Are you a well-rounded prepper? Do you want to learn modern methods for gathering food quickly? This spring I taught a class using modern snares for spring beaver trapping. Not only did they learn how to make snares, set snares, catch beaver, clean beaver, cook beaver, but also proper care of the fur. The guys had beaver ear muffs made for their loved ones. Nothing better to keep the ears warm in the winter than real fur.
How many people preparing have thought about replacement hats and mittens for cold weather? Nothing in the world is warmer than natural fur. I know, I tested my muskrat hat and beaver mittens at 40 below in a North Dakota winter. Nothing has ever been able to keep me as warm as real fur.
Do you know how to tan hides to make soft leather? Like anything in life there is learning curve to learning the proper steps in making soft useable leather? I have classes that I teach folks hands on training so you can truly learn the whole process of how to trap and snare but also how to clean and cook what you catch plus how to tan the furs to make soft leather.
An often overlooked area in preppering is how to increase the available game animals. This valuable insight on how to increase game herds is vital information for long-term survival. Many people tend to over-look the importance of predator control to increase the available good eating prey species for yourself and your family. People are quite confused on this topic because of a bombardment of the hug a predator crowd that preaches predators balance nature.
Really? Let’s test that theory with real science, not fantasy from fiction writers. How devastating are grizzly bears and wolves on the caribou population in Alaska? Dr. Kay noted in a study in 1996 that carnivore predation alone can reduce caribou population densities to only 1 percent, or less, of what the habitat is capable of supporting.
That means for every 1 caribou there could have been 99 more! Further to prove his theory Dr. Kay then studied caribou on an island with no predators. The results are shocking. The island caribou had a population density of 7.45 per km compared to non migratory eastern herd with a startling 0.03 caribou per km that had wolves and grizzly bears preying on the caribou. It is clear for herd health predator control is very beneficial to increase available wild game.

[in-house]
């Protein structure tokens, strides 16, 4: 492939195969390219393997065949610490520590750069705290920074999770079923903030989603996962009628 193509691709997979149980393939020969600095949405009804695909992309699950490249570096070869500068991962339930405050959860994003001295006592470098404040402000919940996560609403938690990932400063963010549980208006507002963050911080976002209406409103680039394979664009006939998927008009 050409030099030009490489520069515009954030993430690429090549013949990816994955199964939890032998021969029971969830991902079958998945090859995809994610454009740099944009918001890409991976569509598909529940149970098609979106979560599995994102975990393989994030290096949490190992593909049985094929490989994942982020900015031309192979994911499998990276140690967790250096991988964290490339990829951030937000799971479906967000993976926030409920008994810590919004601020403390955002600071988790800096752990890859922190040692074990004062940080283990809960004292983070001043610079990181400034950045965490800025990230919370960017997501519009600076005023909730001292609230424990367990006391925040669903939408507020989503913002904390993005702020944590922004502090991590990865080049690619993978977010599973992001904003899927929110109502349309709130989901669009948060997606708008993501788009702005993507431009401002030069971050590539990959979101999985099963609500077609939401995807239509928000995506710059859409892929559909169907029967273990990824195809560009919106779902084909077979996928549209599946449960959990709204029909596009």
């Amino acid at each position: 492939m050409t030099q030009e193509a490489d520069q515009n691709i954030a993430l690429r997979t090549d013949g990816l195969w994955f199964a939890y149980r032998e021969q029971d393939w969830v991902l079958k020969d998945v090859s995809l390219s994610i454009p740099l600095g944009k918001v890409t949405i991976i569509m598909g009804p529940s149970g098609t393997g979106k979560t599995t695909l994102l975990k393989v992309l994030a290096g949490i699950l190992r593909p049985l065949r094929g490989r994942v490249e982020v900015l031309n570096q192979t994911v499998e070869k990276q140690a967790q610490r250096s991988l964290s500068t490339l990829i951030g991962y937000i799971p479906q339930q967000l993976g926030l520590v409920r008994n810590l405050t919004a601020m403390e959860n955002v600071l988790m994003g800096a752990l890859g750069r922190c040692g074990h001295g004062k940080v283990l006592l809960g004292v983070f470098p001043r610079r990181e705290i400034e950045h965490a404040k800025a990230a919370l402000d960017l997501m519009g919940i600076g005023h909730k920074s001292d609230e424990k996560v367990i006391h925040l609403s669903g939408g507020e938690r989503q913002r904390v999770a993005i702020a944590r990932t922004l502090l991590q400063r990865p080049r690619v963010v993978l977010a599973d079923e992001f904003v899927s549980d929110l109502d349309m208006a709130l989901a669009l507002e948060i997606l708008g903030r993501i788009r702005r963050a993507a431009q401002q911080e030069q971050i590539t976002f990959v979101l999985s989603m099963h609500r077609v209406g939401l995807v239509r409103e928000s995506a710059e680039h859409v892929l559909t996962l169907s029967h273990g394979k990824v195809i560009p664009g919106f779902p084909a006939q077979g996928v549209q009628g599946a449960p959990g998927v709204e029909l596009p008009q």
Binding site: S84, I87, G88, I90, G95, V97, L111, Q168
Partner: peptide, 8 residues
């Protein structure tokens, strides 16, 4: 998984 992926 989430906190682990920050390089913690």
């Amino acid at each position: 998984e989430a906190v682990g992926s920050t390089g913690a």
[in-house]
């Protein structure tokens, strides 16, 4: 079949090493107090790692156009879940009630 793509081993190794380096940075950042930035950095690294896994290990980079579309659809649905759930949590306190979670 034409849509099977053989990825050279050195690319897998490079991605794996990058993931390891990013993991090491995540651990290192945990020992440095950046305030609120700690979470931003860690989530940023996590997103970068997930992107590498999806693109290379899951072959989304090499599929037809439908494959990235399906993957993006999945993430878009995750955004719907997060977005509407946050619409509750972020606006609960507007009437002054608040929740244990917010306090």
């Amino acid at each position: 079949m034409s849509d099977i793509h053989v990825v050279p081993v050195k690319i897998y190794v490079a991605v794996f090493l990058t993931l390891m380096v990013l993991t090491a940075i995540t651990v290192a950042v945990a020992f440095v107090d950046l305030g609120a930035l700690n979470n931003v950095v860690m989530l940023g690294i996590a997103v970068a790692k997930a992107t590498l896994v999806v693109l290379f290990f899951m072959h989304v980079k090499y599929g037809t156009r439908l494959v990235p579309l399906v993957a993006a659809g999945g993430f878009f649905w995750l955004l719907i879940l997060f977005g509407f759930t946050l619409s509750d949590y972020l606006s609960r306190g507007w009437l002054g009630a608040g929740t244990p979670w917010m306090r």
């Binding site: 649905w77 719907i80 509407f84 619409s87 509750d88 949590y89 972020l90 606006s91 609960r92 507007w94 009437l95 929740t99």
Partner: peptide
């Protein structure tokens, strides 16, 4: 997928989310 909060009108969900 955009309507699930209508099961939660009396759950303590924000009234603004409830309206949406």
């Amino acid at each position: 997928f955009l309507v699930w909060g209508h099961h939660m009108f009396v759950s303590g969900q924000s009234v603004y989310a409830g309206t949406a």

This was not surprising to me after reading other studies of ducks, where the predators such as coons, red fox, coyotes, and skunks were removed to greatly increase duck numbers. From low numbers of hatch survival rate of 17% skyrocketing up to 80% success rate. Once you start studying this you will quickly learn that controlling predators greatly increases the available game in an area. Predators need to be controlled. The more control on predators the more increase you will see in available game animals for your survival. It’s really common sense.
Once you study this and understand it is clear as day. Trapping experience over the decades I have learned how much of a given species to take out but still leave enough for a healthy supply of animals the following year. This is called management. With proper management you can have sustainable wildlife year after year. This is more of a guaranteed food supply. But of course, other people can throw the balance off.
If you are to live in harmony with nature you must understand the rules. Nature can provide for you but it comes down to a few simple guidelines. Do you have the understanding to take advantage of all available resources? Like the Mountain Men stuck in the valley they did not become depressed and just give up.
They took the problem on, adapted, used the tools they had to ensure their own survival. Survival of the fittest is a well-known statement. Apply it to your survival strategy. Look at wild game and wild plants as added food to your food storage system. Every meal you can supply greatly increase your survivability.
From a preppers stand point I think it is clear you need to be well-rounded in the art of Hunter/gatherer. You should know the native plants in your area, how to dry them, and preserved them. How to trap and snare. How to tan fur to make soft leather. The very important predator control to increase the available game species in your area.
I have written about it before but it bares repeating. Nature doesn’t care if you are ignorant about survival, if you fail and starve, the sun was still rise the next day without you. Think about it.
Bruce ‘Buckshot’ Hemming http://www.snare-trap-survive.com/